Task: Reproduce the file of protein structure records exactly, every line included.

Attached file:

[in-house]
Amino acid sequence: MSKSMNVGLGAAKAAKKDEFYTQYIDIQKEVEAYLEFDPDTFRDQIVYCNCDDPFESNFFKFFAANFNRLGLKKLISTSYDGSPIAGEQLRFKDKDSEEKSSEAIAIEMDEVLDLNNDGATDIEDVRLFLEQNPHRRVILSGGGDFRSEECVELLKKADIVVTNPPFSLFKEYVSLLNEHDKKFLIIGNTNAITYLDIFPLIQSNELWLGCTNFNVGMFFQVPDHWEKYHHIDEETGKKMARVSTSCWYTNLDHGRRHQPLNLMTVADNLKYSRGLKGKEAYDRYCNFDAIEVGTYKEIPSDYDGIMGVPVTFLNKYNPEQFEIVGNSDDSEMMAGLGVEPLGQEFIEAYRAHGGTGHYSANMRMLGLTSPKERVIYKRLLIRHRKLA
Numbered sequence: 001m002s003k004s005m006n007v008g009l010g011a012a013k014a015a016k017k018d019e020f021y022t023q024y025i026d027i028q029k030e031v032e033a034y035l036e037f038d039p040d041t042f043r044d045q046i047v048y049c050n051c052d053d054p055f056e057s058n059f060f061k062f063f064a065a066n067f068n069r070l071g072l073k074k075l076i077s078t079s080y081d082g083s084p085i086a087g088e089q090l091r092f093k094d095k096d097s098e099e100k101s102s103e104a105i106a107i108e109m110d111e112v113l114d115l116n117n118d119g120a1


[in-house]
Amino acid sequence: MSKSMNVGLGAAKAAKKDEFYTQYIDIQKEVEAYLEFDPDTFRDQIVYCNCDDPFESNFFKFFAANFNRLGLKKLISTSYDGSPIAGEQLRFKDKDSEEKSSEAIAIEMDEVLDLNNDGATDIEDVRLFLEQNPHRRVILSGGGDFRSEECVELLKKADIVVTNPPFSLFKEYVSLLNEHDKKFLIIGNTNAITYLDIFPLIQSNELWLGCTNFNVGMFFQVPDHWEKYHHIDEETGKKMARVSTSCWYTNLDHGRRHQPLNLMTVADNLKYSRGLKGKEAYDRYCNFDAIEVGTYKEIPSDYDGIMGVPVTFLNKYNPEQFEIVGNSDDSEMMAGLGVEPLGQEFIEAYRAHGGTGHYSANMRMLGLTSPKERVIYKRLLIRHRKLA
Numbered sequence: 001m002s003k004s005m006n007v008g009l010g011a012a013k014a015a016k017k018d019e020f021y022t023q024y025i026d027i028q029k030e031v032e033a034y035l036e037f038d039p040d041t042f043r044d045q046i047v048y049c050n051c052d053d054p055f056e057s058n059f060f061k062f063f064a065a066n067f068n069r070l071g072l073k074k075l076i077s078t079s080y081d082g083s084p085i086a087g088e089q090l091r092f093k094d095k096d097s098e099e100k101s102s103e104a105i106a107i108e109m110d111e112v113l114d115l116n117n118d119g120a1